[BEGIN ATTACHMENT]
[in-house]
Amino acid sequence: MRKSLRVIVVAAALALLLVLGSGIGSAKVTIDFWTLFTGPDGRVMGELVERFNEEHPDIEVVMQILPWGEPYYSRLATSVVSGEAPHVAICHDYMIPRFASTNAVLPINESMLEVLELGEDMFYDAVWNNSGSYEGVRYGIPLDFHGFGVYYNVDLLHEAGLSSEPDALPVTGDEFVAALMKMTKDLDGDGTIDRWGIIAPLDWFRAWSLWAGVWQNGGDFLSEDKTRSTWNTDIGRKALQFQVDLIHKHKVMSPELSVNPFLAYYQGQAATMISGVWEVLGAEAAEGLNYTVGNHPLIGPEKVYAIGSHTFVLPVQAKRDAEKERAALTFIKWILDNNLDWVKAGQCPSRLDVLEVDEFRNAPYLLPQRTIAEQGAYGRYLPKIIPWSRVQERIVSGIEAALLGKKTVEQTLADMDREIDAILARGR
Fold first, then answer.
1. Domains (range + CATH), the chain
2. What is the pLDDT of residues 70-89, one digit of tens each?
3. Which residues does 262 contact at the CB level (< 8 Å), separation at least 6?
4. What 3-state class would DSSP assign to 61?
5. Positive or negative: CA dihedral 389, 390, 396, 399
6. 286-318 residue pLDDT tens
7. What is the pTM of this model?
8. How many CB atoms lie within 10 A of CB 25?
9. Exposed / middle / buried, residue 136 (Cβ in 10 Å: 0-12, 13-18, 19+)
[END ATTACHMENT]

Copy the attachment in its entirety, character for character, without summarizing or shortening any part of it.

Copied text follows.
[in-house]
Amino acid sequence: MRKSLRVIVVAAALALLLVLGSGIGSAKVTIDFWTLFTGPDGRVMGELVERFNEEHPDIEVVMQILPWGEPYYSRLATSVVSGEAPHVAICHDYMIPRFASTNAVLPINESMLEVLELGEDMFYDAVWNNSGSYEGVRYGIPLDFHGFGVYYNVDLLHEAGLSSEPDALPVTGDEFVAALMKMTKDLDGDGTIDRWGIIAPLDWFRAWSLWAGVWQNGGDFLSEDKTRSTWNTDIGRKALQFQVDLIHKHKVMSPELSVNPFLAYYQGQAATMISGVWEVLGAEAAEGLNYTVGNHPLIGPEKVYAIGSHTFVLPVQAKRDAEKERAALTFIKWILDNNLDWVKAGQCPSRLDVLEVDEFRNAPYLLPQRTIAEQGAYGRYLPKIIPWSRVQERIVSGIEAALLGKKTVEQTLADMDREIDAILARGR
Fold first, then answer.
1. Domains (range + CATH), the chain
2. What is the pLDDT of residues 70-89, one digit of tens each?
3. Which residues does 262 contact at the CB level (< 8 Å), separation at least 6?
4. What 3-state class would DSSP assign to 61?
5. Positive or negative: CA dihedral 389, 390, 396, 399
6. 286-318 residue pLDDT tens
7. What is the pTM of this model?
8. How many CB atoms lie within 10 A of CB 25?
9. Exposed / middle / buried, residue 136 (Cβ in 10 Å: 0-12, 13-18, 19+)